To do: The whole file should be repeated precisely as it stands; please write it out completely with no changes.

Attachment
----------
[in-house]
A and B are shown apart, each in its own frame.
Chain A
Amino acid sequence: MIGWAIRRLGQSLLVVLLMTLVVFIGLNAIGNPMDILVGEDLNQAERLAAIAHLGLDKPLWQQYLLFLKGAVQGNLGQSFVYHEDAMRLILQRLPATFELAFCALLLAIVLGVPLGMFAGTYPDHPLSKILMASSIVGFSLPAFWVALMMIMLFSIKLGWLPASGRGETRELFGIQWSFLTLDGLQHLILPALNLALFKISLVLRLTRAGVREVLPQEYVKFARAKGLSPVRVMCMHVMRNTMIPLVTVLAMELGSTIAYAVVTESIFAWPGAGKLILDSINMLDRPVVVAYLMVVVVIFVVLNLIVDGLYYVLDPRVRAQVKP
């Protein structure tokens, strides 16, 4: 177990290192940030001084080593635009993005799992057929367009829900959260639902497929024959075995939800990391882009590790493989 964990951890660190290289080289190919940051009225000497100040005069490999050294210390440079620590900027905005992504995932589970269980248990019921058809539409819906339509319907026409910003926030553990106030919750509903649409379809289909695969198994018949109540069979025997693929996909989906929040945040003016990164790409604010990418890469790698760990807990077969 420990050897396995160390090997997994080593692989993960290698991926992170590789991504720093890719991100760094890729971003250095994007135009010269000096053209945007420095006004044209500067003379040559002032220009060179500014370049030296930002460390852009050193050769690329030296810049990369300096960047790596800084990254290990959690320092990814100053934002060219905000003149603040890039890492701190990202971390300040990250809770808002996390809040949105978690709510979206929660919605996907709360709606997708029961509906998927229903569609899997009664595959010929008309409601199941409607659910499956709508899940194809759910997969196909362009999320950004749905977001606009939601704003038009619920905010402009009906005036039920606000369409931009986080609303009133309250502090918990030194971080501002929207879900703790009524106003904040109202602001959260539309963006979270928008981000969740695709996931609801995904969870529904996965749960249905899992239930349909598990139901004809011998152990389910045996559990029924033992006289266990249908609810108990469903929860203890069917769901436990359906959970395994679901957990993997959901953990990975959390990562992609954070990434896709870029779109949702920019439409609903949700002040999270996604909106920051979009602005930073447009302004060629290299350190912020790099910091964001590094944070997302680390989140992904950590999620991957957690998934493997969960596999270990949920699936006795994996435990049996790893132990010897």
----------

[in-house]
A and B are shown apart, each in its own frame.
Chain A
Amino acid sequence: MIGWAIRRLGQSLLVVLLMTLVVFIGLNAIGNPMDILVGEDLNQAERLAAIAHLGLDKPLWQQYLLFLKGAVQGNLGQSFVYHEDAMRLILQRLPATFELAFCALLLAIVLGVPLGMFAGTYPDHPLSKILMASSIVGFSLPAFWVALMMIMLFSIKLGWLPASGRGETRELFGIQWSFLTLDGLQHLILPALNLALFKISLVLRLTRAGVREVLPQEYVKFARAKGLSPVRVMCMHVMRNTMIPLVTVLAMELGSTIAYAVVTESIFAWPGAGKLILDSINMLDRPVVVAYLMVVVVIFVVLNLIVDGLYYVLDPRVRAQVKP
């Protein structure tokens, strides 16, 4: 177990290192940030001084080593635009993005799992057929367009829900959260639902497929024959075995939800990391882009590790493989 964990951890660190290289080289190919940051009225000497100040005069490999050294210390440079620590900027905005992504995932589970269980248990019921058809539409819906339509319907026409910003926030553990106030919750509903649409379809289909695969198994018949109540069979025997693929996909989906929040945040003016990164790409604010990418890469790698760990807990077969 420990050897396995160390090997997994080593692989993960290698991926992170590789991504720093890719991100760094890729971003250095994007135009010269000096053209945007420095006004044209500067003379040559002032220009060179500014370049030296930002460390852009050193050769690329030296810049990369300096960047790596800084990254290990959690320092990814100053934002060219905000003149603040890039890492701190990202971390300040990250809770808002996390809040949105978690709510979206929660919605996907709360709606997708029961509906998927229903569609899997009664595959010929008309409601199941409607659910499956709508899940194809759910997969196909362009999320950004749905977001606009939601704003038009619920905010402009009906005036039920606000369409931009986080609303009133309250502090918990030194971080501002929207879900703790009524106003904040109202602001959260539309963006979270928008981000969740695709996931609801995904969870529904996965749960249905899992239930349909598990139901004809011998152990389910045996559990029924033992006289266990249908609810108990469903929860203890069917769901436990359906959970395994679901957990993997959901953990990975959390990562992609954070990434896709870029779109949702920019439409609903949700002040999270996604909106920051979009602005930073447009302004060629290299350190912020790099910091964001590094944070997302680390989140992904950590999620991957957690998934493997969960596999270990949920699936006795994996435990049996790893132990010897």